Day 40: Behind the Scenes

We’ve frequently been asked if we are actually having a good time. I believe that our friends and family see our posts and wonder: What is it really like? Are they filtering their posts? Do the bad things come out? Are they hiding anything? Do they make up the good stuff?

I’d like to address this issue. First, the great bed bug incident, Day 13, was a total hoax. We just found a look-alike-bug, got Ceri worked up about something Trump said, and then boom, a story in the making. Similarly, the vaseline spill, Day 21,was faked. It was really just water and poor lighting conditions and another Trump-ism. And lastly, that early morning drive after only a few hours of sleep, how do you know it wasn’t just late at night? Or right after sunset for that matter? All the “bad” things that have happened are fabricated. We just throw them in there to make it seem like a real trip. And the good stuff, it’s fake news. FAKE NEWS! What actually happens, the gross, sweaty, yucky mundane stuff that you can only guess at, we will lay bear. You get to see what really happens.

Multipitch Climbing: Peeing, pooping, living is a challenge. Take your life and now tether yourself to a vertical wall. You feel like a dog on a leash or a baby in a harness, except there is no owner or parent to make food or pick up your poop. Instead you’ve got this big granite wall that’s either too cold or too hot, too steep or too ledgy, too sharp or too smooth, to be comfortable. Poop, and it stays in your pants. Ask for a sandwich, and you get a pinecone.

Camping: The only thing worse than Camping 24/7-55 days a year would be 24/7-365. Every day you wake up, pack up your room, do your day, unpack your room, go to bed. After a dirty day with your granite babysitter, you get to go home, pull your kitchen out of a box, cook dinner, then put your kitchen back into a box, put that in a bigger box alongside the box for your living room, bed room, and parlor.

Hair: I will liken hair to the bristle’s of a brush. 10 days without washing, my hair was a soft bristled brush. At that stage I could have sold my mane to a car dealership, for I am sure that they would use it to wax and polish car doors. After about 20 days, my bristle hair reached a point unsuitable for polishing. The stiff strands were more akin to a natural fiber brush, good for light cleaning applications. At day 35 my hair was so stiff that, with great effort, I cut a strand and used it to pick the lock on our car. Looking ahead, I imagine that my hair will be used as a replacement for rebar in poured concrete construction. Renewable and non-toxic.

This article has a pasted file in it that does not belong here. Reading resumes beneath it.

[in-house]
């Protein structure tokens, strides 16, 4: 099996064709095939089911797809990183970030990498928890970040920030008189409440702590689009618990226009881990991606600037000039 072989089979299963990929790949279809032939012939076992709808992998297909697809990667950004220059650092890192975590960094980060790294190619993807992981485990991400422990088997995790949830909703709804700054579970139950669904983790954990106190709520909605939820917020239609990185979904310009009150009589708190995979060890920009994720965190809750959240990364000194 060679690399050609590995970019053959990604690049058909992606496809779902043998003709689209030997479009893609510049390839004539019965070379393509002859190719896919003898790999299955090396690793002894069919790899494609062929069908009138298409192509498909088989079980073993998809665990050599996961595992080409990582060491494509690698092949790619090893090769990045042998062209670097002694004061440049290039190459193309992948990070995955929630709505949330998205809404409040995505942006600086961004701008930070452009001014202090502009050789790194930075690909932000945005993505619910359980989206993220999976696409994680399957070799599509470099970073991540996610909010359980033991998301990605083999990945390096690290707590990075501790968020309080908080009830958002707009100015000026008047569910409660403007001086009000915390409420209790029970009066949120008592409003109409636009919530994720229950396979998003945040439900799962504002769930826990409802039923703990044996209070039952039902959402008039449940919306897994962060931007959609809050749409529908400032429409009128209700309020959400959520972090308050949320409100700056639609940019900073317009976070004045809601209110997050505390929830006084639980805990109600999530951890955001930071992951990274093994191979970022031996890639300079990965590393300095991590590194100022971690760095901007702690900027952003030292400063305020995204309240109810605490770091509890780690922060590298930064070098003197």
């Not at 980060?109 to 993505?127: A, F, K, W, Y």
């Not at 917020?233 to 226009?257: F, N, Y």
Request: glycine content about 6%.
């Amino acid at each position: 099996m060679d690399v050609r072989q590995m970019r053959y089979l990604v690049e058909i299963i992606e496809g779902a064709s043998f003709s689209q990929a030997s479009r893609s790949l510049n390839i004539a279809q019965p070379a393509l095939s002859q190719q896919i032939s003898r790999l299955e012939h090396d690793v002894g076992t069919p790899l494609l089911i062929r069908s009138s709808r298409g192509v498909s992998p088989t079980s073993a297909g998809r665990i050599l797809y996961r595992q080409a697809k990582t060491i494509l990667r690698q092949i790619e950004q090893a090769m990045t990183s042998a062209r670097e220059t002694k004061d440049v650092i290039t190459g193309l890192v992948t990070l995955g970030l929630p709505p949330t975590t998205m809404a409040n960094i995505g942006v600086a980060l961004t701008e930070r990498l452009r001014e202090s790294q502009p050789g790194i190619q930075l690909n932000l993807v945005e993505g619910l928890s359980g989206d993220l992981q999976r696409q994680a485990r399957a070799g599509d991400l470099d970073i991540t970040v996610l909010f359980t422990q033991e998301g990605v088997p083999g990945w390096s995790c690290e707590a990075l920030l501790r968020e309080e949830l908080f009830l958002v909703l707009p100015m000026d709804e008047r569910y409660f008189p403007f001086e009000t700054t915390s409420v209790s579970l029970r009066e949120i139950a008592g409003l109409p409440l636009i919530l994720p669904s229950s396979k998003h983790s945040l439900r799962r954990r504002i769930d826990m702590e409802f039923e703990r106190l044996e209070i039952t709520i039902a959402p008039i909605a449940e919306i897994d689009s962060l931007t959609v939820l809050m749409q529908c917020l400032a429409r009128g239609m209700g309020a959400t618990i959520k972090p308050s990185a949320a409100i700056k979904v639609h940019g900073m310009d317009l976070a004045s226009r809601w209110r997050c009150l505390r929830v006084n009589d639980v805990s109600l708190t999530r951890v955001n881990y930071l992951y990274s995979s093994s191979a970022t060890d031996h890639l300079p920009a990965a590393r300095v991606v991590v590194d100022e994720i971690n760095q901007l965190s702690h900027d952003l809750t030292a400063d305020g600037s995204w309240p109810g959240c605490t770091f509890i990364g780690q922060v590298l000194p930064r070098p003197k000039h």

Ceri: Smelly, dirty, grouchy.

Me: More smelly, more dirty, more grouchy.

Day 38-July 12: Adventure Strikes

Sylvan and Ben rolled into camp late Saturday night (Day 34) and brought with them energy and enthusiasm. Over the last few months they planned a week long trip to Squamish. They knew a week wouldn’t be enough to pack in all their adventures so they decided to share. Perhaps together the four of us could have a summer’s worth of adventure within only a 7 day span. Sunday we climbed at the Smoke Bluffs. I’d sworn never to return to the crowds and death by top rope that lies in wait at the bluffs, yet Sylvan and Ben had a plan. Three climbs they said, Flying Circus, Crime of the Century, and Split Beaver. Two long delicious finger cracks and one hands to off width crack. Arm bars and finger jams awaited. While the bluffs weren’t high on my list, Ben and Sylvan are. We followed them, like chicks trailing a chicken, through the maze of crags that make the bluffs and found that our routes were free.